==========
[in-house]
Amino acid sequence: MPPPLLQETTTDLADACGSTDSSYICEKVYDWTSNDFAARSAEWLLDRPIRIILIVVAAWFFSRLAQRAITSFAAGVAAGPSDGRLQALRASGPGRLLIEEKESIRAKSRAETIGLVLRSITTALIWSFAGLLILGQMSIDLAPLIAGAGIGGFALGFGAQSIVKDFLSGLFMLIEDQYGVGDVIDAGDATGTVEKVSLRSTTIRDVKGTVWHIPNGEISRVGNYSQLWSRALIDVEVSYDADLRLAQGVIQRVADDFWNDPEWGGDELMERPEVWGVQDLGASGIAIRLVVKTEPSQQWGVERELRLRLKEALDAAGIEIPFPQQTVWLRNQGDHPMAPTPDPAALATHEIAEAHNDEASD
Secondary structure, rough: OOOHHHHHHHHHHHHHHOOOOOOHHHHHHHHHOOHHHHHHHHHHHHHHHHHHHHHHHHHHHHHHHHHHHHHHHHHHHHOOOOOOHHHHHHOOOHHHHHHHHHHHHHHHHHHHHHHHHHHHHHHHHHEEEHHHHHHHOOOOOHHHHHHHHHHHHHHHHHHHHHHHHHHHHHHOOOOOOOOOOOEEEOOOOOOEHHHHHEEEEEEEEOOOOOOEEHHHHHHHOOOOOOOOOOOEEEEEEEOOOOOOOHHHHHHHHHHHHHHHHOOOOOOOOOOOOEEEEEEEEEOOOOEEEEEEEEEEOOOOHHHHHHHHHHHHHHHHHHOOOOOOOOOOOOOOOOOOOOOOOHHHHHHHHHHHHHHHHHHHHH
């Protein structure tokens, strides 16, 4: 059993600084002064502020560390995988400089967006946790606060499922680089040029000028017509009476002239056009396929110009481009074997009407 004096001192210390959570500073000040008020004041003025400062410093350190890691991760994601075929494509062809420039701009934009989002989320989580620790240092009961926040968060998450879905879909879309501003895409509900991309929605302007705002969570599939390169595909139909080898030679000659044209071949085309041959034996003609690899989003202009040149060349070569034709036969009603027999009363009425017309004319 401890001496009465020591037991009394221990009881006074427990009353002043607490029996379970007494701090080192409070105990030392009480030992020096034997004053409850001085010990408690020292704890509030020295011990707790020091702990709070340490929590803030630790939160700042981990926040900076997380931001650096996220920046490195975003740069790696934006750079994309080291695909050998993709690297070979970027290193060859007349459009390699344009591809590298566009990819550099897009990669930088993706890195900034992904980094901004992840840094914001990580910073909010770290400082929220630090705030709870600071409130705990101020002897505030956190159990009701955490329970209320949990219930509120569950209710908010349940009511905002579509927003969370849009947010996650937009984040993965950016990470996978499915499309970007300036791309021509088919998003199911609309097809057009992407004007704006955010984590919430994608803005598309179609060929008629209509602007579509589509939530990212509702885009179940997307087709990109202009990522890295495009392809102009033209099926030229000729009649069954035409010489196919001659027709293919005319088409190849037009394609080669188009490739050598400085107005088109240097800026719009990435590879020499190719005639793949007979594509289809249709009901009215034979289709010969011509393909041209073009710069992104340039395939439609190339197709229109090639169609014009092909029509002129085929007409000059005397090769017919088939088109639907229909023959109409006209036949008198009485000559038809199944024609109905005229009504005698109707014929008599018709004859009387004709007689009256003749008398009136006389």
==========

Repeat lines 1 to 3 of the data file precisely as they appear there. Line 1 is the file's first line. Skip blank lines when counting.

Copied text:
[in-house]
Amino acid sequence: MPPPLLQETTTDLADACGSTDSSYICEKVYDWTSNDFAARSAEWLLDRPIRIILIVVAAWFFSRLAQRAITSFAAGVAAGPSDGRLQALRASGPGRLLIEEKESIRAKSRAETIGLVLRSITTALIWSFAGLLILGQMSIDLAPLIAGAGIGGFALGFGAQSIVKDFLSGLFMLIEDQYGVGDVIDAGDATGTVEKVSLRSTTIRDVKGTVWHIPNGEISRVGNYSQLWSRALIDVEVSYDADLRLAQGVIQRVADDFWNDPEWGGDELMERPEVWGVQDLGASGIAIRLVVKTEPSQQWGVERELRLRLKEALDAAGIEIPFPQQTVWLRNQGDHPMAPTPDPAALATHEIAEAHNDEASD
Secondary structure, rough: OOOHHHHHHHHHHHHHHOOOOOOHHHHHHHHHOOHHHHHHHHHHHHHHHHHHHHHHHHHHHHHHHHHHHHHHHHHHHHOOOOOOHHHHHHOOOHHHHHHHHHHHHHHHHHHHHHHHHHHHHHHHHHEEEHHHHHHHOOOOOHHHHHHHHHHHHHHHHHHHHHHHHHHHHHHOOOOOOOOOOOEEEOOOOOOEHHHHHEEEEEEEEOOOOOOEEHHHHHHHOOOOOOOOOOOEEEEEEEOOOOOOOHHHHHHHHHHHHHHHHOOOOOOOOOOOOEEEEEEEEEOOOOEEEEEEEEEEOOOOHHHHHHHHHHHHHHHHHHOOOOOOOOOOOOOOOOOOOOOOOHHHHHHHHHHHHHHHHHHHHH